io take no pleasure in saying to Ofgem, “I told you so.” Thanks to a perfect storm in the energy sector, many suppliers have been failing. But with all storms, you can see the clouds building first. Utility Point, the business I helped set up and build to one with more than 220,000 customers, was a victim of the regulators’ inaction.
What began in late spring 2021 as a search for strategic partnerships and investment to help us grow, quickly became, as the market deteriorated, a quest for funds to see us through a difficult winter. It wasn’t long before it became apparent that we were fighting for Utility Point’s survival.
The board held weekly meetings, to ensure we monitored our position and the market as closely as possible. It was when the search for outside investment or partnership was exhausted that we knew we’d reached the end of the road. We immediately contacted Ofgem to let them know we were in a position where we could not meet our liabilities. We had a few days before the news became public, and were not permitted to tell our employees. That period was torturous. My biggest concern was, and remains, the impact on our 192 wonderful members of staff, as well as the businesses that we worked with, all of whom were suddenly facing an uncertain future through no fault of their own.
“Badly run businesses should not be bailed out” is a truism often repeated. Yet it’s evident that not all energy suppliers that have failed were mismanaged. To say so demonstrates a lack of understanding of how energy suppliers operate. Any implication that this was the case for our business is offensive and untrue.
I do not hesitate in pointing the finger of blame at Ofgem for what happened. For years now, the government and Ofgem have tinkered with regulation – from the poorly designed and calculated price cap, to passing more obligations on to suppliers, e new initiatives for supporting vulnerable customers without provisions to recover costs. All this made it harder for suppliers to operate, and created an environment in which it felt inevitable that small operators would fail. When gas prices surged this autumn, lightning struck, and many of these smaller providers found themselves exposed.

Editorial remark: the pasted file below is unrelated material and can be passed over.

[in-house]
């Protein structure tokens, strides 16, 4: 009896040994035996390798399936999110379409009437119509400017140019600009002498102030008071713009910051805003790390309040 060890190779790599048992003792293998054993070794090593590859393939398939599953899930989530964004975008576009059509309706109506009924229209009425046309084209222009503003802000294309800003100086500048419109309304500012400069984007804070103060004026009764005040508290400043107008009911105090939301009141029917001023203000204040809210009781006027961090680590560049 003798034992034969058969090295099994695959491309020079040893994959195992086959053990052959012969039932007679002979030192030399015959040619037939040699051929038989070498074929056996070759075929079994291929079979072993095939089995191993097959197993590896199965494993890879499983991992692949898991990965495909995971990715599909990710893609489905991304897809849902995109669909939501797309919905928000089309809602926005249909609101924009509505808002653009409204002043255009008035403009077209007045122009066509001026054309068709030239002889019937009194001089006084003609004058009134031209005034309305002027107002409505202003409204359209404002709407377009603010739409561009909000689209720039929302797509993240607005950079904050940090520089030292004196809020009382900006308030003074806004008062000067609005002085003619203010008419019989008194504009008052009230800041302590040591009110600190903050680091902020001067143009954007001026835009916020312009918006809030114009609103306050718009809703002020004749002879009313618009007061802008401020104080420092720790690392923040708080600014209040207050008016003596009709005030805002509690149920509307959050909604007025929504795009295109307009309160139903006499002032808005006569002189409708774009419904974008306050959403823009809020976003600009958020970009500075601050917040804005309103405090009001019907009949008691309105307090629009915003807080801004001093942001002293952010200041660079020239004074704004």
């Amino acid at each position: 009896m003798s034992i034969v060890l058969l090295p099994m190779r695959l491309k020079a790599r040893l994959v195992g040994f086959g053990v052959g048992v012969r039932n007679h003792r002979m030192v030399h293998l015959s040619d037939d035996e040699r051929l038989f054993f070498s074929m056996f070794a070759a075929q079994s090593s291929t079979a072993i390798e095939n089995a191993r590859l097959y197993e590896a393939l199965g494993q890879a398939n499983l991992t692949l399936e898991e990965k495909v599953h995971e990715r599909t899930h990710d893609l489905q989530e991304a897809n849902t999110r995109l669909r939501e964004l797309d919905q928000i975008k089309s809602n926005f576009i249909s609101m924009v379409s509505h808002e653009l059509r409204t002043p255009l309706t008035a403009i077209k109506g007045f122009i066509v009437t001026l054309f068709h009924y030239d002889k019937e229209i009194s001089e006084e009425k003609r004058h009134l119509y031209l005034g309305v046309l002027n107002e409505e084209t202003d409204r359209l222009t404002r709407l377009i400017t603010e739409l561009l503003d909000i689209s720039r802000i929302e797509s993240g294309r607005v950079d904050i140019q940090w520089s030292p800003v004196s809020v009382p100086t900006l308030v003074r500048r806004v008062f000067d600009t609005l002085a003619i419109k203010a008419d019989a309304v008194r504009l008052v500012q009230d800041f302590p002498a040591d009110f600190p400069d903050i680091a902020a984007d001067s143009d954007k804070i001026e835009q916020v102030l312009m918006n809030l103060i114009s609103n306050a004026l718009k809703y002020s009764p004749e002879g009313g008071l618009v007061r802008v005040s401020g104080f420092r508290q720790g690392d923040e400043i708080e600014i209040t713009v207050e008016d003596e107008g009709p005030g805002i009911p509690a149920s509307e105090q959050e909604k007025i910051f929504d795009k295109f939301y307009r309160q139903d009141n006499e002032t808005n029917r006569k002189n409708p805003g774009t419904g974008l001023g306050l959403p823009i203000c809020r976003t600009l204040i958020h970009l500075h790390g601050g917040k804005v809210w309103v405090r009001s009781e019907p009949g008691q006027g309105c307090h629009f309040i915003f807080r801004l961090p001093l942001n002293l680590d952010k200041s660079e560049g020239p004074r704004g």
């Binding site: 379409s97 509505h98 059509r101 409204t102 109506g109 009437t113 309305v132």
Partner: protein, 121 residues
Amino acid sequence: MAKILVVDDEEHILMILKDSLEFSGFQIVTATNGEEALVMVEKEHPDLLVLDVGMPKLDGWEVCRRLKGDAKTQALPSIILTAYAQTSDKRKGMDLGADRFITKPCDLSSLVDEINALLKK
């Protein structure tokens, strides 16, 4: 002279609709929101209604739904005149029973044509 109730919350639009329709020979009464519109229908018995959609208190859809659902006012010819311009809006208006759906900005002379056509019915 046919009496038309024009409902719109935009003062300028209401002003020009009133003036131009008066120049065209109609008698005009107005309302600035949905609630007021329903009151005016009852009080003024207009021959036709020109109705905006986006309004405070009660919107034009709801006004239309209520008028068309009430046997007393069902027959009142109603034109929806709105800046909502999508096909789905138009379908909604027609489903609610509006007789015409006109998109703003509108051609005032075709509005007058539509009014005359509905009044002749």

Customers are no better off. The price cap was put in place to prevent suppliers from penalising their customers who remained on standard variable tariffs after their fixed-rate term had ended, and to ensure everyone paid a fair price. This mechanism was not designed to protect customers from the price rises we are now seeing. Based on current average wholesale prices, I would not be surprised to see the price cap increase in April 2022 by more than 20%. This is not protecting people from higher prices, it is merely facilitating a delay in costs being passed on.
When suppliers fail, their costs – such as customers’ credit balances – will be passed on to the remaining suppliers and also included in the price cap. Every supplier failure will increase the cap, further pushing up customer costs.
The frustrating thing is that a simpler approach to regulation that encourages competition and innovation, while guaranteeing that the most loyal customers are not penalised, is possible. Why not bin the price cap? Fixed tariffs could be charged at a small premium, reflective of the risk, for the customers who want the security, in a way similar to mortgages. It could then be ensured through a licence condition that a supplier’s cheapest tariff must be its standard-variable tariff. When your fixed-rate tariff comes to an end, you would automatically then be moved to the cheapest tariff and suppliers would compete on this basis: those with the best-run businesses would be the most competitive and grow.
So instead of pointing the finger at “badly run businesses”, what do we do when we have a badly run regulator?